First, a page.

Floral still life iPhone Photography work in a textured painterly style.

Recently I’ve been feeling quite introverted and just not in the frame of mind for a really good dose of Street iPhoneography. As always though I have other genres that I enjoy so my iPhone tapping and editing time doesn’t go to waste

This iPhoneography workflow focuses on what I regard as my fallback style but probably also my most extensive. Floral / still life. Very often I build a grungy texture in to my iPhoneography but with this one I decided to take a slightly different route and create something with a more minimalist clean feel.

iPhone photography apps used:

Mobile Photography - Time to Bow

{ time to bow }

 

 

You may have noticed various linked genres in my opening comments. Skipology is approaching its first Birthday on New Years Day and this is the 65th workflow published. I felt that for new visitors it would be helpful to have an index of iPhone photography tutorials by genre. If you have a preferred genre then please visit my genre index where you will find many more iPhoneography tutorials which I hope are of interest.

You may prefer to read the rest of this article first and so this message will also be repeated at the foot of the workflow.

 

 

By

Process and apps used

Many of these processes involve the same iPhoneography app. In reality it would have been a smooth workflow of moving from one process to another within the app. However, for the purposes of this workflow and to allow me to share some thought processes, I saved images at ‘interim’ stages.

The number of stages will therefore appear exaggerated.

That said, I often find it helpful to save the image at certain points within a single app process to enable me to backtrack. Some apps such as Snapseed have an all or nothing approach to undo, whilst others such as Filterstorm maintain a history much like Photoshop and enable you to step back to a certain point in a multiple step workflow.


ProCamera7 ~ initial capture:

My normal capture situation for a floral still life is to place the subject in front of a frosted translucent window. The diffused natural light shining through leaves and petals is really effective:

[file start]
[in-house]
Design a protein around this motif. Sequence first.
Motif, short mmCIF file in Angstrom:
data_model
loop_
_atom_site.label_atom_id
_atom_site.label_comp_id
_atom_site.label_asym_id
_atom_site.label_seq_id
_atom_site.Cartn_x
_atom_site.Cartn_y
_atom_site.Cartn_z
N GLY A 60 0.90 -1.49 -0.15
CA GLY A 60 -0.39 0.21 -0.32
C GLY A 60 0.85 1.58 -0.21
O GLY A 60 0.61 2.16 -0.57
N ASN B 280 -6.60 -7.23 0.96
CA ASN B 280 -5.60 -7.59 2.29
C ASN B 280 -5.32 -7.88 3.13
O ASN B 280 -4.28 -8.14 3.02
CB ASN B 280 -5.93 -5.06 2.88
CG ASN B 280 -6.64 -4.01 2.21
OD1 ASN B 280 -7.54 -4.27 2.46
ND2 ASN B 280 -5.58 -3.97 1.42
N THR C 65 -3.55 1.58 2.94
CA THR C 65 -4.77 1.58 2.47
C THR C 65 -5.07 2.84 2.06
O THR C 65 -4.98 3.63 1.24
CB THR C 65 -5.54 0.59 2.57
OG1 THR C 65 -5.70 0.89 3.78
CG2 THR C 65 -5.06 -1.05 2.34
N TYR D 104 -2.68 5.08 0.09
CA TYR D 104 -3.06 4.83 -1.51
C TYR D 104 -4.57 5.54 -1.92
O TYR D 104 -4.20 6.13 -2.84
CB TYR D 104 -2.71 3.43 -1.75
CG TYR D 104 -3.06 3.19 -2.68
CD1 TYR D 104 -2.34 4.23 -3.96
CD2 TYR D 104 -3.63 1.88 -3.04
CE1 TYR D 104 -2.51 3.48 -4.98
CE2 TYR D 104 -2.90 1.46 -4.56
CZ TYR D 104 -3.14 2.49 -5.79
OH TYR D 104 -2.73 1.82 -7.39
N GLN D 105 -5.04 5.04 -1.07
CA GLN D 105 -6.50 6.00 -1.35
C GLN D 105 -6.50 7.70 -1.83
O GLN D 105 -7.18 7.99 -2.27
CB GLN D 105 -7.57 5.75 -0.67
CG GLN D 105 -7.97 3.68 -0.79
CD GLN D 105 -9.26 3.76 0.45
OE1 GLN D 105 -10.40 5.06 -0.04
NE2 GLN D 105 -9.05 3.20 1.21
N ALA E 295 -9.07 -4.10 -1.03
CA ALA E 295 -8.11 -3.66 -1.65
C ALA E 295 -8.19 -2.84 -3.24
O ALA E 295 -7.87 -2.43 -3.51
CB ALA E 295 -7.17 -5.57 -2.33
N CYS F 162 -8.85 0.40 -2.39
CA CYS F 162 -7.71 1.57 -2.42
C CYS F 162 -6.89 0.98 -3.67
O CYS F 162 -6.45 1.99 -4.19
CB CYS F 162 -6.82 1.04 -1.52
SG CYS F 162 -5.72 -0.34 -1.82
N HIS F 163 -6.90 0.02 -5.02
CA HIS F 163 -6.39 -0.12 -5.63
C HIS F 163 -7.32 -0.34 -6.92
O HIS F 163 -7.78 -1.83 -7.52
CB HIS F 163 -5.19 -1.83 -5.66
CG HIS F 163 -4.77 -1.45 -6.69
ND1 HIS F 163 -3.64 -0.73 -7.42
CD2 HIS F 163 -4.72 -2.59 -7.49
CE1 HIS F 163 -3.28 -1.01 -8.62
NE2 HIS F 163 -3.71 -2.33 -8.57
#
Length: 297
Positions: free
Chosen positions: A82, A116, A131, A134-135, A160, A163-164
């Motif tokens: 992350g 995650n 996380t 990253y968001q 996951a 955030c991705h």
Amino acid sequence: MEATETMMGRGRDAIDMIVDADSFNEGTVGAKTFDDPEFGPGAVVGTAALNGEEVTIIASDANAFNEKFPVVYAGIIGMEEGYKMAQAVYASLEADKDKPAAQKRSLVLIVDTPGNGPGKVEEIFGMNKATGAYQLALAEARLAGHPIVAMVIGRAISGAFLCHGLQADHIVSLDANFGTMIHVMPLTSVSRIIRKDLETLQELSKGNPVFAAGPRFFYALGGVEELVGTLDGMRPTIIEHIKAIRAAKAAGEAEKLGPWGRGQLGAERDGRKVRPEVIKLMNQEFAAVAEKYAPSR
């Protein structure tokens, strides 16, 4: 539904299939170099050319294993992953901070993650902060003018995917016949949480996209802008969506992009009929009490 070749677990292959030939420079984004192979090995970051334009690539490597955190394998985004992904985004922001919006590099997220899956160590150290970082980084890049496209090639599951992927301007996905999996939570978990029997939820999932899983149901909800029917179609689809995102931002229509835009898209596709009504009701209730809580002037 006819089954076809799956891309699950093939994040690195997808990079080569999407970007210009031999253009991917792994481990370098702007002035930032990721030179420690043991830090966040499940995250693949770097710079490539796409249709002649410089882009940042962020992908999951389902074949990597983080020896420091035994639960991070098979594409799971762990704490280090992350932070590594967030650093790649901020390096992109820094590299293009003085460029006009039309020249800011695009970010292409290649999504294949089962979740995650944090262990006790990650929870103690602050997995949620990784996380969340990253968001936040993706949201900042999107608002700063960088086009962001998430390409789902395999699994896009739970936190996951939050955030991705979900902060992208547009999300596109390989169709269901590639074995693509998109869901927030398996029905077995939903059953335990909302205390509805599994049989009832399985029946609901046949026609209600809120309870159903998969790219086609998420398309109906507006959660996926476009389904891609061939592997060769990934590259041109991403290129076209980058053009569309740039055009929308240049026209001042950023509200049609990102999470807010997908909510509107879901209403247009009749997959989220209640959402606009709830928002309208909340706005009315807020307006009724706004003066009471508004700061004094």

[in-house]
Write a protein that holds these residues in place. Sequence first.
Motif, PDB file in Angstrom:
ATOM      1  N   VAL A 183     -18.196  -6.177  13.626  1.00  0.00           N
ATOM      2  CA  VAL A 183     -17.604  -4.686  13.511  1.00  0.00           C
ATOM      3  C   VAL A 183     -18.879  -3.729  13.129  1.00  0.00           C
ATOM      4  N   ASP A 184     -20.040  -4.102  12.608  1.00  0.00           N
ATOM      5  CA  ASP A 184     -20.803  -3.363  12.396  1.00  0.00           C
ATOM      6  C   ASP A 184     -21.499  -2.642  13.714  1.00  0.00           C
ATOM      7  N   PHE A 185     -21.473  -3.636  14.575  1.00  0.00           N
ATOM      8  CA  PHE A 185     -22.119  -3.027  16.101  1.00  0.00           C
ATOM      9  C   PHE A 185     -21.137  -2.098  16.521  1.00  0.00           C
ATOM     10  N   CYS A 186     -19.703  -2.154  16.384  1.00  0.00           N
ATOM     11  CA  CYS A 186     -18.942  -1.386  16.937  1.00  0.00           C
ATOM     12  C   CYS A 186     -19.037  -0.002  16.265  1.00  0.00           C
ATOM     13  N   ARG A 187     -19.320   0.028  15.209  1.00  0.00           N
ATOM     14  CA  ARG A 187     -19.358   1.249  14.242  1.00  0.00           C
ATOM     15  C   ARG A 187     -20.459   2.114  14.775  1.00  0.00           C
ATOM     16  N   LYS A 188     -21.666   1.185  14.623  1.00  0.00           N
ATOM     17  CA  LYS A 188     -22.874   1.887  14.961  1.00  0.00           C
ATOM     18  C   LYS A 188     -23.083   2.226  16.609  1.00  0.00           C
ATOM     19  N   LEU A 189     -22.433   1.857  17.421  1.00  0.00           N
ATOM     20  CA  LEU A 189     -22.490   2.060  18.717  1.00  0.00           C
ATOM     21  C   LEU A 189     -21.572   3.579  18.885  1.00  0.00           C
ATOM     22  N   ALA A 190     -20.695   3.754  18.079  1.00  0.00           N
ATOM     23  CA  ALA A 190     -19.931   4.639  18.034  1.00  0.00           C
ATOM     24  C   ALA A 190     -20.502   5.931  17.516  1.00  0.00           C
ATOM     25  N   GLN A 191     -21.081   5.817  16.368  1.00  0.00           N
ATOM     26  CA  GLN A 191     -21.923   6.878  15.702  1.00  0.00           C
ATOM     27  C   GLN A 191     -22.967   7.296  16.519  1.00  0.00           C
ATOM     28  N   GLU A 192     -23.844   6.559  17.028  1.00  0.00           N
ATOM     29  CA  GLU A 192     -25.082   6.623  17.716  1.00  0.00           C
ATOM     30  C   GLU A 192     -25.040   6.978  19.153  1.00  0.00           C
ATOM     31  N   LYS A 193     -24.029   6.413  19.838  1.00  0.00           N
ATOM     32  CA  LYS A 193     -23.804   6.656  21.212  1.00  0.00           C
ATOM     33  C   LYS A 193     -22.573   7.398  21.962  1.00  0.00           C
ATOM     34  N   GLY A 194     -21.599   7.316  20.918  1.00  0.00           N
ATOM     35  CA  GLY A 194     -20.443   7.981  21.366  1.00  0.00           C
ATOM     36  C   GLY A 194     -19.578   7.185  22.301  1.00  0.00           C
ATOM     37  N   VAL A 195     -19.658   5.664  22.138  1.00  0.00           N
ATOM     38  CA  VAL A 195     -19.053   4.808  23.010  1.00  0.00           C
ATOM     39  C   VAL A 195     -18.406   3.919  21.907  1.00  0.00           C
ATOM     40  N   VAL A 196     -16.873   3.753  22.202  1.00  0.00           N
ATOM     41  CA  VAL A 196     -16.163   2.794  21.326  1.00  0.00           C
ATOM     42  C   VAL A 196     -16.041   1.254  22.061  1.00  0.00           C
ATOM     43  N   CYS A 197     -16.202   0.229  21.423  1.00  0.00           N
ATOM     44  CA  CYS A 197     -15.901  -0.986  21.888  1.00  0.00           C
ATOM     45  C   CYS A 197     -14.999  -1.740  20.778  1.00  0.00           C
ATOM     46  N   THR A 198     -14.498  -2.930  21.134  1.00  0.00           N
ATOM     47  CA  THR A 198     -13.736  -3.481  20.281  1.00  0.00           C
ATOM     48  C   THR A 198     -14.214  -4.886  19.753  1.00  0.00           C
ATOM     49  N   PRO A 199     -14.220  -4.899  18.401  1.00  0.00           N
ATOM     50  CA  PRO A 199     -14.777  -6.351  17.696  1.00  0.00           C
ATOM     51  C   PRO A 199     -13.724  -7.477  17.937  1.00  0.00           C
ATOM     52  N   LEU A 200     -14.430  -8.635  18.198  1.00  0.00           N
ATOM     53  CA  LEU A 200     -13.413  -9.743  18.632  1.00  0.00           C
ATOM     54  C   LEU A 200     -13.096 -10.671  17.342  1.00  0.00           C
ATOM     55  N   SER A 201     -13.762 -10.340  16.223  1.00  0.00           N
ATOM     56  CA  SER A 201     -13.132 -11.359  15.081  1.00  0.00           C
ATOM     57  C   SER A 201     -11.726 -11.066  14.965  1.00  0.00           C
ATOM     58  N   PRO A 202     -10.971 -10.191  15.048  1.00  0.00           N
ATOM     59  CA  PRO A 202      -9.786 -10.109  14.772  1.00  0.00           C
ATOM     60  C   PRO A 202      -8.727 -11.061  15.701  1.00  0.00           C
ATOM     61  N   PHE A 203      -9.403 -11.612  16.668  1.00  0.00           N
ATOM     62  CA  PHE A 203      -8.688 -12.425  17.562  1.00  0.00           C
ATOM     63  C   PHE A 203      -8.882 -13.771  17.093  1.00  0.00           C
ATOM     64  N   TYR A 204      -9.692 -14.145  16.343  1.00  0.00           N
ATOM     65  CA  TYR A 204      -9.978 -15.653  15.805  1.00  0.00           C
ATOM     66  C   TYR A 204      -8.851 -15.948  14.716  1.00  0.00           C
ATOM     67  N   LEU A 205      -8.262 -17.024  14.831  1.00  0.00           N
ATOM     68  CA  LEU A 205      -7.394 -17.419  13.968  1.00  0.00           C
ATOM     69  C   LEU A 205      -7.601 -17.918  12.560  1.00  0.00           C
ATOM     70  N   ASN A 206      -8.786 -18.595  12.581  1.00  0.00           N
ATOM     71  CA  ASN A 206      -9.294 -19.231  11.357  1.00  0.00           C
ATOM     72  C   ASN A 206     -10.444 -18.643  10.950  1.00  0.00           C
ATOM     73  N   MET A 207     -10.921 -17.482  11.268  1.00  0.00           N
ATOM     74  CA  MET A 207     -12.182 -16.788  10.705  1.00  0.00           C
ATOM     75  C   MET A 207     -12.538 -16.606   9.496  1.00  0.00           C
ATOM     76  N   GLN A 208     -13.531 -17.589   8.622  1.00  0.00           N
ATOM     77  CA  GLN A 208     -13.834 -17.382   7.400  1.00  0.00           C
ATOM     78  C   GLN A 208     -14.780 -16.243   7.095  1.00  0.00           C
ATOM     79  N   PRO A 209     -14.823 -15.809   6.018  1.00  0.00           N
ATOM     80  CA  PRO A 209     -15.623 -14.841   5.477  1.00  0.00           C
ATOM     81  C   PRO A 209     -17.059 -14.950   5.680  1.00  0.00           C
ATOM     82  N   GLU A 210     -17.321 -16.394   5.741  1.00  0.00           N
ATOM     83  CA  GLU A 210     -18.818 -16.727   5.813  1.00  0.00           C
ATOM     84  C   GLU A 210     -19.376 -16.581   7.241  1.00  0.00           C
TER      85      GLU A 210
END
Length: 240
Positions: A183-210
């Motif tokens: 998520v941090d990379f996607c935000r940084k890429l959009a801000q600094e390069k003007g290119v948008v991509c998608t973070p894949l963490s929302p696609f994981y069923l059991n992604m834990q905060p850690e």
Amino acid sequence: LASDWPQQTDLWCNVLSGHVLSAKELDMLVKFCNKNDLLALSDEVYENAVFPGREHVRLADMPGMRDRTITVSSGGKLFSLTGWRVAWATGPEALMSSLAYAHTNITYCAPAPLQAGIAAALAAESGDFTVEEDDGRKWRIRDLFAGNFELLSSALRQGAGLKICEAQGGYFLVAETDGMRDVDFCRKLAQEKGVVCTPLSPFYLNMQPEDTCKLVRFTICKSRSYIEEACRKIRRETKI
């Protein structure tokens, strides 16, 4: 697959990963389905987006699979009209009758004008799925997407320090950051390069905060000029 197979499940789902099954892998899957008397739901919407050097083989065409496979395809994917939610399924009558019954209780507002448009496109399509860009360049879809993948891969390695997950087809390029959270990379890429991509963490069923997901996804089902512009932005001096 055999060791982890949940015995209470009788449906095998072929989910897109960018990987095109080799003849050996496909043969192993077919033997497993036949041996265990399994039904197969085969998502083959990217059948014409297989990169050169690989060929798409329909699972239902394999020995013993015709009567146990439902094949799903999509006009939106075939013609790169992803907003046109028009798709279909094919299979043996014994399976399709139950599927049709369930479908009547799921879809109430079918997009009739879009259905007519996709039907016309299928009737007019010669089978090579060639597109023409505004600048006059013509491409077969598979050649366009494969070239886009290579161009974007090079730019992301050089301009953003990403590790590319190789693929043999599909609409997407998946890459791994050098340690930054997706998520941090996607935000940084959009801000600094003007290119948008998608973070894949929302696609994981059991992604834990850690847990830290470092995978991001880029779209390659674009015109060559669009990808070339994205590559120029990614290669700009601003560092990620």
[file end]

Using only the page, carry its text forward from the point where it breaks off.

The issue is exposure and compensating for the silhouette effect. The solution is to set and lock the exposure point in a darker area elsewhere. This will blow out the background and expose the subject more accurately:

iphone photography - procamera7


Filterstorm ~ crop:

I need to crop square and I also need to crop away the edges slightly to give a clean image. As always my target resolution of 2,000 x 2,000 will be fine on an iPhone5 given the minor crop:

I already know what the next steps of my workflow will be and so I specifically chose Filterstorm for the crop process. At the next stage I need to manually tidy the foot of the vase and Filterstorm is my preferred iPhone app for clone functionality:

iphone photography - filterstorm crop


Filterstorm ~ clone the foot of the vase:

Filterstorm has an almost limitless zoom capability for detailed cloning work. For that reason it is currently my go to app for this process:

iphone photography - filterstorm clone


Snapseed ~ drama filter (brighten 1 preset):

Enhance the detail and at the same time brighten things up a little:

This is { image one }:

iphone photography - snapseed / drama (bright 1)


Snapseed ~ Grunge:

Random selection until something emerges that I like and then manually adjust the settings. The 2 key aspects for me at this stage even though ultimately the image will be given quite a clean finish are to get a good color in terms of both saturation and tones and to blur / fade out the stalks where they leave the top of the image. The second goal could be achieved using various methods / iPhoneography apps but I like the Snapseed effect:

iphone photography - snapseed / grunge (saturation)


Handy Photo ~ selective color:

I am really keen to keep a clean palette and so although my initial plan was to use Handy Photo purely for a texture I decide to run it through the selective color tool first:

iphone photography - handy-photo / selective color


Handy Photo ~ one of the paper textures applied:

The cleaner background is starting to emerge:

This is { image two }:

iphone photography - handy photo / paper texture


Superimpose ~ image one was layered over image two within Superimpose. The following process was adopted: